Goddess Murder, 5: The Work Begins

VII. The Work Begins   To Zeus all things are beautiful, just, and good, but men have supposed some things to be just, others unjust. At eight o’clock on Saturday night, I walked up the steps to Brendan and Megan’s house on the hillside behind the campus, the sort of Tudorish half-timbered mansion you might expect a college professor with lots of kids to have. The members of the ad hoc translating committee were already filling the circle of overstuffed… Read more

Goddess Murder 4: The Redemption of Sophia

VI. The Redemption of Sophia [Excerpt from The Gospel of Simon and Helen, as translated by S. Dugan.] The man lay on the ground, unable to stand. Sophia breathed her life into him, and he stood and walked. The angels became angry and turned on Sophia, say­ing, “Who is this that confounds us and interferes with us?” They began casting all their powers of darkness and ignorance upon Sophia, until she became confused, for she had spent so much of… Read more

On the Novel as Simulation Modeling

As I mentioned in an earlier blog, my academic studies progressed from mathematics to poetry, then to theology. What tied those foci together is that each is a system for working with abstract symbols in order to generate maps of possible realities, something like Marianne Moore’s description of poetry as imaginary gardens with real toads in them. Likewise, I conceive of a genuine novel—that is, a story that is genuinely novel—as a simulation model of an alternative history, which sometimes… Read more

Goddess Murder (Episode 3)

V. Burgled By the will of Fortune all things are conscious. . . . At times Love makes one out of many; at others, Strife makes many out of one.  Empedocles After the Jesuit community Mass in Bob’s honor, I went up to my office. Opening the door, I gazed upon chaos. All the drawers in the desk and file cabinet were open. Paper was strewn everywhere. All the books on my shelves had been swept onto the floor. At… Read more

Goddess Murder: A Tale of Love, Witches, and Gnostics (Episode 2)

II. Destruction [From the Poetic Epistemologies of Apollo.] They tied her to the tree, and lit the fire. You taste its ashes in your mouth. No one tree escapes the forest fire. Abandoned hills erode, stones topple, No one dances, and fires are not allowed.   Not just the tree, not just the seed: The ground itself has been destroyed. The smoking silence pales the barren sun.   Summer solstice comes and, measured, goes. Midsummer brings no terror, thus, no… Read more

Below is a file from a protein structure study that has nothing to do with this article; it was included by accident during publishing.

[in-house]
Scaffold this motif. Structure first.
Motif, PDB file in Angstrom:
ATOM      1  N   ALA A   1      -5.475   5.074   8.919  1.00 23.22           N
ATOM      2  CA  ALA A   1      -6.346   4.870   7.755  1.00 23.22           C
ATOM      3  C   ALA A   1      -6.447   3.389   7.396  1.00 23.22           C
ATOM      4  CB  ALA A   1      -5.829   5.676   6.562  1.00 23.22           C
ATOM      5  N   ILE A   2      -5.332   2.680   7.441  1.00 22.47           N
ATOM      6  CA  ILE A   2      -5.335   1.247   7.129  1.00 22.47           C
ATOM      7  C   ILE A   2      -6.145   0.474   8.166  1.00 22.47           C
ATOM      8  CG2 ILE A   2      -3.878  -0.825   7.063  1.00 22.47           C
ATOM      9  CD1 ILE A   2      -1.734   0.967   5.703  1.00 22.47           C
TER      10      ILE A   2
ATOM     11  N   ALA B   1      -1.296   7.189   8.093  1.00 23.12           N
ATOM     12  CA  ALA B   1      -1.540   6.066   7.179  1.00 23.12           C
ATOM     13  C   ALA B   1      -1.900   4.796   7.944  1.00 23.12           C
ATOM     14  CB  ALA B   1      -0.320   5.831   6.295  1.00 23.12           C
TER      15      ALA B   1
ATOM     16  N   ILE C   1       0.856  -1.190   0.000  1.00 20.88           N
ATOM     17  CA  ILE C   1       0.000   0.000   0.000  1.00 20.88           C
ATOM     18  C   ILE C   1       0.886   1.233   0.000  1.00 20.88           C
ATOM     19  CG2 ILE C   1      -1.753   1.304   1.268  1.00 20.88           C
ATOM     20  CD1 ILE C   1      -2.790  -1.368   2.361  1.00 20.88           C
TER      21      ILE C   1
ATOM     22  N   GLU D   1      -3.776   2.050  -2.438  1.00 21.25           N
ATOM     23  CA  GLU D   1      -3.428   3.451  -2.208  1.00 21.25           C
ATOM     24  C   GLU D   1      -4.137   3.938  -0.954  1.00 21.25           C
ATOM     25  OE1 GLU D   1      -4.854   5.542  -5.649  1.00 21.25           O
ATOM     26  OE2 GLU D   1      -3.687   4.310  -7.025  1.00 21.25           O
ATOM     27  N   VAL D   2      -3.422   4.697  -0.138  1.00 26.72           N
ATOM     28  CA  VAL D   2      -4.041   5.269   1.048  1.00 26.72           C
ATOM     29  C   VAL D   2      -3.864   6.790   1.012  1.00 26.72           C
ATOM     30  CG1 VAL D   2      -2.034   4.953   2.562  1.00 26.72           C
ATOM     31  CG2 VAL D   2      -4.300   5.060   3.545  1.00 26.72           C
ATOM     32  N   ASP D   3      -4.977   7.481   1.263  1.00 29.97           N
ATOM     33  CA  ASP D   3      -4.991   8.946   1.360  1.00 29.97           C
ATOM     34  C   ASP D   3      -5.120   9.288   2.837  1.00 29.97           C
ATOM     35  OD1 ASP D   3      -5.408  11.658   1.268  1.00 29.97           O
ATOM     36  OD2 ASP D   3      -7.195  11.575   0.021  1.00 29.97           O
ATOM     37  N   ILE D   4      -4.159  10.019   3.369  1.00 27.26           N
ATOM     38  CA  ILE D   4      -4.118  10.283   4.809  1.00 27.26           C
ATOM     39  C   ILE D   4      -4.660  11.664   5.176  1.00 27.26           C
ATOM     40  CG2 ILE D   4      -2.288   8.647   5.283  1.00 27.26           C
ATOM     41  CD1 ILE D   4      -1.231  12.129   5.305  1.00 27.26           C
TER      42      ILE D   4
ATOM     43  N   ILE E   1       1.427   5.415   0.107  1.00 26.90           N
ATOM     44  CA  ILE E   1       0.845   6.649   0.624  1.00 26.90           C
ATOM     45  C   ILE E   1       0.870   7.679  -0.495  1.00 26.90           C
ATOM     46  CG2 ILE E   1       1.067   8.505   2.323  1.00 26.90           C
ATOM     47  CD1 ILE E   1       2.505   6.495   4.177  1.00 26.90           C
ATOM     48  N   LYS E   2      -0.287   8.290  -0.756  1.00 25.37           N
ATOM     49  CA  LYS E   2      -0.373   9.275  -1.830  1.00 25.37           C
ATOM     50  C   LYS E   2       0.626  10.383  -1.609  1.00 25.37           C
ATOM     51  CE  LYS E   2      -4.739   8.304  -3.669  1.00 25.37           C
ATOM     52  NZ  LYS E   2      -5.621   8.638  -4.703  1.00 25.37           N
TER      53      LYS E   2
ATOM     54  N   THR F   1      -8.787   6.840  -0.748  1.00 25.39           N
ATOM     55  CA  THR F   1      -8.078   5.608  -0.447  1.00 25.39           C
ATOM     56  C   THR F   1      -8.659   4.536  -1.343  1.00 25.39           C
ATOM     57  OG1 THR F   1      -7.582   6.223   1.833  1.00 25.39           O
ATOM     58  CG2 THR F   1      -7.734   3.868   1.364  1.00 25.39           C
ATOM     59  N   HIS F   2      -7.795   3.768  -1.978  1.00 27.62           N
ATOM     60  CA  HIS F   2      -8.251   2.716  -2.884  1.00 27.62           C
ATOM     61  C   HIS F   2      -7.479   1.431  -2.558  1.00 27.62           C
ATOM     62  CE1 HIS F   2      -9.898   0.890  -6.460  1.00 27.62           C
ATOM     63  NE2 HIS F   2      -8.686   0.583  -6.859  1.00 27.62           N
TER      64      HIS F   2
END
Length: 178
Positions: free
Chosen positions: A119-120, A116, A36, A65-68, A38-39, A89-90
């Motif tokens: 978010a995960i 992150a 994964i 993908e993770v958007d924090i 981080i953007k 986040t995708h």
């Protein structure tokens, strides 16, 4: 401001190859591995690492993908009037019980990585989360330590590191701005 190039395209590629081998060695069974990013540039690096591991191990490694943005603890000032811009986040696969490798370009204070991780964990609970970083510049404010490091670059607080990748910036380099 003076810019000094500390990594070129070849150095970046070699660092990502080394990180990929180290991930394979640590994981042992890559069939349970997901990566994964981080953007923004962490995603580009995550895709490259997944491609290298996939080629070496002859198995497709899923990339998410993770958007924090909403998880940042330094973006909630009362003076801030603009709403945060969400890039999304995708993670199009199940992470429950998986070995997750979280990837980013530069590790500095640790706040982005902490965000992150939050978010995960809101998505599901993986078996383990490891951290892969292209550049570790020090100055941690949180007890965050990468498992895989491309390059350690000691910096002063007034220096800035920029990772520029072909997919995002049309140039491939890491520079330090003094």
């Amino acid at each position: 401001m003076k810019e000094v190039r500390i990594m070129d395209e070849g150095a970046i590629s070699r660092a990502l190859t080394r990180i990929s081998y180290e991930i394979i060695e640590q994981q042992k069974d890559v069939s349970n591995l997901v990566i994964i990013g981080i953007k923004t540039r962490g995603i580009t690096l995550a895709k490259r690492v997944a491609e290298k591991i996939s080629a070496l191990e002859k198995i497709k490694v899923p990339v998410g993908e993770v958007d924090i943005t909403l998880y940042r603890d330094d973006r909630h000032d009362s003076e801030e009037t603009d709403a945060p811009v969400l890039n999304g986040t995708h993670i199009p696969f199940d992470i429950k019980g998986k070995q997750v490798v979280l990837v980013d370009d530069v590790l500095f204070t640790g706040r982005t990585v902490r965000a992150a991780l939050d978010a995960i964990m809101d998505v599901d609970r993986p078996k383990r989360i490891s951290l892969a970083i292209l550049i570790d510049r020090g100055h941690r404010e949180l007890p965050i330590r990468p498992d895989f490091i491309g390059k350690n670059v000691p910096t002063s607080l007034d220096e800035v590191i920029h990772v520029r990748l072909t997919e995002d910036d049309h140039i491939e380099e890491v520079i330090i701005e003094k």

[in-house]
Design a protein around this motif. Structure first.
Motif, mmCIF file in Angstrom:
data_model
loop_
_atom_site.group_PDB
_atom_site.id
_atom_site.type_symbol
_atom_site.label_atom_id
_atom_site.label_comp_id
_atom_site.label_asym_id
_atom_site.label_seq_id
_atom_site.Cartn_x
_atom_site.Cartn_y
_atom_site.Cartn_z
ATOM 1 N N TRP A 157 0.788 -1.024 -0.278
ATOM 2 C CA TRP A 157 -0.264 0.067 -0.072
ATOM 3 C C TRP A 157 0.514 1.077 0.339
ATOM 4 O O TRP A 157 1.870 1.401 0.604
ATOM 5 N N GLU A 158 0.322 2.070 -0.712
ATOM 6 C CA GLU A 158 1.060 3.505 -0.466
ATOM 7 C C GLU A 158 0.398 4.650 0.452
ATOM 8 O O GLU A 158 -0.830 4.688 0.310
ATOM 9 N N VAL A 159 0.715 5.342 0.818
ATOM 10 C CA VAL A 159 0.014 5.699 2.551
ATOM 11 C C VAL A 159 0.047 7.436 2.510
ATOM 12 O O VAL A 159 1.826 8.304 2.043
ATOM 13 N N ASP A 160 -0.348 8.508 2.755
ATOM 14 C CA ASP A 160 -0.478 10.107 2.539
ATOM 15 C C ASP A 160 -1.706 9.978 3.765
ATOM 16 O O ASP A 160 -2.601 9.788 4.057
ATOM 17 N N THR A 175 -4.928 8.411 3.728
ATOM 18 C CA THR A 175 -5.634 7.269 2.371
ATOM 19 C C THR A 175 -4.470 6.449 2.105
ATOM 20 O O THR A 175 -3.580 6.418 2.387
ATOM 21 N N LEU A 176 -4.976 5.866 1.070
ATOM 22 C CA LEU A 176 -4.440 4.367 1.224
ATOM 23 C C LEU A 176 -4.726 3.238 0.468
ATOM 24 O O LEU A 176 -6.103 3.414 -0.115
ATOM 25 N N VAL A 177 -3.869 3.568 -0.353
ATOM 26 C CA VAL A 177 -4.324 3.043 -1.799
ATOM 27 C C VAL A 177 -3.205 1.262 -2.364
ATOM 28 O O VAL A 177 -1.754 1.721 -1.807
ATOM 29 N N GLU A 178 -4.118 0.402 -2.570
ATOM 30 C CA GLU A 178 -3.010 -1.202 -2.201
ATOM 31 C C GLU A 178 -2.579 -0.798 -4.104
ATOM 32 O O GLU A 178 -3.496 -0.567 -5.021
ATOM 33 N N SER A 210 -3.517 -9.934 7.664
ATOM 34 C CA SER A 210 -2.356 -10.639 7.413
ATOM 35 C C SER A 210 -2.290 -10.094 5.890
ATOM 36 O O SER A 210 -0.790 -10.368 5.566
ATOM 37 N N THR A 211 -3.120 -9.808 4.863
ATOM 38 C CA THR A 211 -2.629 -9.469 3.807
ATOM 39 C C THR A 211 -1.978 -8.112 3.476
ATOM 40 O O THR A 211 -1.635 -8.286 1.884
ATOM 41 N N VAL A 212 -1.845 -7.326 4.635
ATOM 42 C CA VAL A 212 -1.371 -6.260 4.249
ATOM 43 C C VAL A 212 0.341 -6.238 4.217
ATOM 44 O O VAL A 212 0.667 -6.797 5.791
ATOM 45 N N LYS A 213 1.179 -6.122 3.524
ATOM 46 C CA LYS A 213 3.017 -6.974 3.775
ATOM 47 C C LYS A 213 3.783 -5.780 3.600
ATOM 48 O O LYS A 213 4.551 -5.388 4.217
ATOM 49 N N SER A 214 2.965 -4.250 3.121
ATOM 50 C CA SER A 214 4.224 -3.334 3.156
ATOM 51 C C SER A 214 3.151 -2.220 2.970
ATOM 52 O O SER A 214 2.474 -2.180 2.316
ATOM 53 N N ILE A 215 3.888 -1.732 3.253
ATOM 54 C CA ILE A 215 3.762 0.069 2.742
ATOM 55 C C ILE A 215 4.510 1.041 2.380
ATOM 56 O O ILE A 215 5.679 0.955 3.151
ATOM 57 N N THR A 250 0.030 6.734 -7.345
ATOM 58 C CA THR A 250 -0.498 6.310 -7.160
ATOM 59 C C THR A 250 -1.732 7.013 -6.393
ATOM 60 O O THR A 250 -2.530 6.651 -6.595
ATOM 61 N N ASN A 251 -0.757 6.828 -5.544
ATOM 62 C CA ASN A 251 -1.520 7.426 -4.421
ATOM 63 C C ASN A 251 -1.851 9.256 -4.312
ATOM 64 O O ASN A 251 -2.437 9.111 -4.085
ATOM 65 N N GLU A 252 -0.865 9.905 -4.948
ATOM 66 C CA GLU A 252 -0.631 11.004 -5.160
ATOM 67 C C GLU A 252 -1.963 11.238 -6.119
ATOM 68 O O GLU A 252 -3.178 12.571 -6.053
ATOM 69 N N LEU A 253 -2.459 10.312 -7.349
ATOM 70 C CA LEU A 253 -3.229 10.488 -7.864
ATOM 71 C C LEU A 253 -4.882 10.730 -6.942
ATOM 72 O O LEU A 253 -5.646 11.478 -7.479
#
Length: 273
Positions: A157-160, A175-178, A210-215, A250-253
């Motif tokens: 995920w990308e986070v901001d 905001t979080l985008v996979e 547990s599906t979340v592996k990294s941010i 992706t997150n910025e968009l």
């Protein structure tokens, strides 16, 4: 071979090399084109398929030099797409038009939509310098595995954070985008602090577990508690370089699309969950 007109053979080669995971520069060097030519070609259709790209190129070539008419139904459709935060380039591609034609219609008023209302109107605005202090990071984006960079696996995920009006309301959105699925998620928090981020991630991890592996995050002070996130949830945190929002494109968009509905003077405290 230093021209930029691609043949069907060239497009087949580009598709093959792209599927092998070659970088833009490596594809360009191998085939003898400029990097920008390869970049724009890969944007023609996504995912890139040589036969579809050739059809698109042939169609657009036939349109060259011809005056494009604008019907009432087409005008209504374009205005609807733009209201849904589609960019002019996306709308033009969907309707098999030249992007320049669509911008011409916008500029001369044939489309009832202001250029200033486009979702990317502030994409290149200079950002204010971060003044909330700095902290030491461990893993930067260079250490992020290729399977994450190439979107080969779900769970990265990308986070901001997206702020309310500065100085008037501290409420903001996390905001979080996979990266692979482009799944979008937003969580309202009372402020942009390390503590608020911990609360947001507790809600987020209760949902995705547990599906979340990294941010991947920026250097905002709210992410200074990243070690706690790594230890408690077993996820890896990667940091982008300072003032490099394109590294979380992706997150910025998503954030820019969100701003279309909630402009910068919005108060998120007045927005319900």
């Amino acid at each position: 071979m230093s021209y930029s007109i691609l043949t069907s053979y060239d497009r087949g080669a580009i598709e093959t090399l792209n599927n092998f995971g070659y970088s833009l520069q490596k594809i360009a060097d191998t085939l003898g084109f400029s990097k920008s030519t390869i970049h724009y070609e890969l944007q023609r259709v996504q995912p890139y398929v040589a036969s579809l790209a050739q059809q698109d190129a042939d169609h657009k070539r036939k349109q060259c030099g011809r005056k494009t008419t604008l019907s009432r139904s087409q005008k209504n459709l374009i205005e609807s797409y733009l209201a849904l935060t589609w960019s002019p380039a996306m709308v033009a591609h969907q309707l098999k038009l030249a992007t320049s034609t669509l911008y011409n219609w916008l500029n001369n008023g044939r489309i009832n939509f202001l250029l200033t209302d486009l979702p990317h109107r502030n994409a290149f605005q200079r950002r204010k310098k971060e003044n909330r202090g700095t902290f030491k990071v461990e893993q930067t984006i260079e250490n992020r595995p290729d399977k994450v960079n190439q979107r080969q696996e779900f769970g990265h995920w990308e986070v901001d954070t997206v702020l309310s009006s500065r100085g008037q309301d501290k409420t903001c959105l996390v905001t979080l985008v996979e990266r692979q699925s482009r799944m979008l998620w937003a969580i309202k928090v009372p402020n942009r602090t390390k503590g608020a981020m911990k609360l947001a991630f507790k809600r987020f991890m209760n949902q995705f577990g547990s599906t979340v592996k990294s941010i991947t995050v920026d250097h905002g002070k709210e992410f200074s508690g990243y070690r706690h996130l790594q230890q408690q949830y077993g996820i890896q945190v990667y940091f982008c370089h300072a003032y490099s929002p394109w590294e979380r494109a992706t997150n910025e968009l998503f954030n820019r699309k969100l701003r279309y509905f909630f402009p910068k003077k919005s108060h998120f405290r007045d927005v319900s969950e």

Goddess Murder: A Tale of Love, Witches, and Gnostics (Episode 1)

Flames leaped up around the accused witch. Suddenly she shouted, “Ubaldo Allucingoli, hear me! The fire you have lit to burn me will burn down your church, and no one will ever rebuild it, not in three days, not in three ages of the cosmos. But you will not be rid of me: I shall return to haunt you.” Read more

More Wisdom & Wisecracks of the Old Ones

From Herakeitos: Anodos katados – the way up and the way down are one and the same. If you do not expect the unexpected, you will not discover it, for it cannot be searched for and is hard to comprehend. Read more

Wisdom & Wisecracks of the Old Ones

Once someone asked Victor Anderson why he used a red tablecloth on the altar. He replied, “Because I had a red tablecloth.” Read more

On My Love for Sophia, Our Lady of Wisdom and Mercy

It is common to suppose that knowledge is not wisdom, but just what is the difference between them? Mapping knowledge is easy enough: mathematics, science, humanities, social studies (they should be scholarly, but they are not sciences), then dividing them into categories, subcategories, and so on, down to a subncategory small enough that one can know everything relevant to that tiny slice of reality. That is the ambition of almost every academic researcher. But as a result, said researcher knows… Read more

Wisdom Is Sold in the Desolate Market

There is an accurate and depressing blog by a colleague on Patheos titled “How The American University was Killed, in Five Easy Steps.” His point is that the 1%, the only class in America that can create, implement, and finance long-term plans, decided back in the 1960s to eliminate the kinds of people (intellectuals) who could oppose their stupidity and greed. Read more

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